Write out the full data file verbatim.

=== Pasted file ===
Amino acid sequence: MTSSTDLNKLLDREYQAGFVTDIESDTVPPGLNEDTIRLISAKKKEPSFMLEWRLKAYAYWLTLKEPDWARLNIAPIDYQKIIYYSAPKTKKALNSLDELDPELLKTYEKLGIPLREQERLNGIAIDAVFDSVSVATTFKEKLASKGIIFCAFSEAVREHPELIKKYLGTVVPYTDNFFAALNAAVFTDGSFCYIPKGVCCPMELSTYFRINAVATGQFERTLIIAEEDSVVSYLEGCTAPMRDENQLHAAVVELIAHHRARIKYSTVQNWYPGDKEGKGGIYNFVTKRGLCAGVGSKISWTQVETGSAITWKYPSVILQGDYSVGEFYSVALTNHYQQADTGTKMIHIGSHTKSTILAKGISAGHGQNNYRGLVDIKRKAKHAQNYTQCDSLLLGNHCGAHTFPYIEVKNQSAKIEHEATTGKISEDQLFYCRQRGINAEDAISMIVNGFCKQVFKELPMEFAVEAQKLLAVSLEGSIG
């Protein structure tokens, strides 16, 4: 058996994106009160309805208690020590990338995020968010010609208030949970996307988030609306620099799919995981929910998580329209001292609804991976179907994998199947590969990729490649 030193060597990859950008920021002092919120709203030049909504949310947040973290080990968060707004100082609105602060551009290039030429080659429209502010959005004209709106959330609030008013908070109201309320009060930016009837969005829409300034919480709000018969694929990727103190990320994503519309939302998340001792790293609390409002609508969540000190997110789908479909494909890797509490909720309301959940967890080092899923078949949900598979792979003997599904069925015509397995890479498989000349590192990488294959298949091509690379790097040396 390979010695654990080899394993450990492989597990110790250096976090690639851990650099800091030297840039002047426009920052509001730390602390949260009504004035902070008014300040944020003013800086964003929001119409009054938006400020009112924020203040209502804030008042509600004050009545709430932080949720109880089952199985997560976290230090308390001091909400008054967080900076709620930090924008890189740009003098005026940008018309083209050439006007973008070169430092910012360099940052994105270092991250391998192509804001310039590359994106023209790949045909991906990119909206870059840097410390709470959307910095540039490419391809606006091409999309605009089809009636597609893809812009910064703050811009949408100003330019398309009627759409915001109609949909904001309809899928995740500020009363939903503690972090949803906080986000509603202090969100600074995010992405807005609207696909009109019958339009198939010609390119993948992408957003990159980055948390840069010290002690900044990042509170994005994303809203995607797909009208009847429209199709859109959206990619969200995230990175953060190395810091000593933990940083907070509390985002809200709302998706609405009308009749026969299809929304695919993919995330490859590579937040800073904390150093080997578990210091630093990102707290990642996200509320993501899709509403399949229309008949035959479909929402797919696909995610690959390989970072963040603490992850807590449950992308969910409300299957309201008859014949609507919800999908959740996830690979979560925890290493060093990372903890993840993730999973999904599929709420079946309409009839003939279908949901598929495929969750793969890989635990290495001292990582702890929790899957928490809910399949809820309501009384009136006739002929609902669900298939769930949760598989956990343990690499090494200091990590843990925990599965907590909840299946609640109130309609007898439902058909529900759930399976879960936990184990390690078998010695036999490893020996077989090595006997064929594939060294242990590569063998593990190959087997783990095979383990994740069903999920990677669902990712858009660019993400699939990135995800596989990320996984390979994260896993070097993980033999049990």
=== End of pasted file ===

Amino acid sequence: MTSSTDLNKLLDREYQAGFVTDIESDTVPPGLNEDTIRLISAKKKEPSFMLEWRLKAYAYWLTLKEPDWARLNIAPIDYQKIIYYSAPKTKKALNSLDELDPELLKTYEKLGIPLREQERLNGIAIDAVFDSVSVATTFKEKLASKGIIFCAFSEAVREHPELIKKYLGTVVPYTDNFFAALNAAVFTDGSFCYIPKGVCCPMELSTYFRINAVATGQFERTLIIAEEDSVVSYLEGCTAPMRDENQLHAAVVELIAHHRARIKYSTVQNWYPGDKEGKGGIYNFVTKRGLCAGVGSKISWTQVETGSAITWKYPSVILQGDYSVGEFYSVALTNHYQQADTGTKMIHIGSHTKSTILAKGISAGHGQNNYRGLVDIKRKAKHAQNYTQCDSLLLGNHCGAHTFPYIEVKNQSAKIEHEATTGKISEDQLFYCRQRGINAEDAISMIVNGFCKQVFKELPMEFAVEAQKLLAVSLEGSIG
């Protein structure tokens, strides 16, 4: 058996994106009160309805208690020590990338995020968010010609208030949970996307988030609306620099799919995981929910998580329209001292609804991976179907994998199947590969990729490649 030193060597990859950008920021002092919120709203030049909504949310947040973290080990968060707004100082609105602060551009290039030429080659429209502010959005004209709106959330609030008013908070109201309320009060930016009837969005829409300034919480709000018969694929990727103190990320994503519309939302998340001792790293609390409002609508969540000190997110789908479909494909890797509490909720309301959940967890080092899923078949949900598979792979003997599904069925015509397995890479498989000349590192990488294959298949091509690379790097040396 390979010695654990080899394993450990492989597990110790250096976090690639851990650099800091030297840039002047426009920052509001730390602390949260009504004035902070008014300040944020003013800086964003929001119409009054938006400020009112924020203040209502804030008042509600004050009545709430932080949720109880089952199985997560976290230090308390001091909400008054967080900076709620930090924008890189740009003098005026940008018309083209050439006007973008070169430092910012360099940052994105270092991250391998192509804001310039590359994106023209790949045909991906990119909206870059840097410390709470959307910095540039490419391809606006091409999309605009089809009636597609893809812009910064703050811009949408100003330019398309009627759409915001109609949909904001309809899928995740500020009363939903503690972090949803906080986000509603202090969100600074995010992405807005609207696909009109019958339009198939010609390119993948992408957003990159980055948390840069010290002690900044990042509170994005994303809203995607797909009208009847429209199709859109959206990619969200995230990175953060190395810091000593933990940083907070509390985002809200709302998706609405009308009749026969299809929304695919993919995330490859590579937040800073904390150093080997578990210091630093990102707290990642996200509320993501899709509403399949229309008949035959479909929402797919696909995610690959390989970072963040603490992850807590449950992308969910409300299957309201008859014949609507919800999908959740996830690979979560925890290493060093990372903890993840993730999973999904599929709420079946309409009839003939279908949901598929495929969750793969890989635990290495001292990582702890929790899957928490809910399949809820309501009384009136006739002929609902669900298939769930949760598989956990343990690499090494200091990590843990925990599965907590909840299946609640109130309609007898439902058909529900759930399976879960936990184990390690078998010695036999490893020996077989090595006997064929594939060294242990590569063998593990190959087997783990095979383990994740069903999920990677669902990712858009660019993400699939990135995800596989990320996984390979994260896993070097993980033999049990």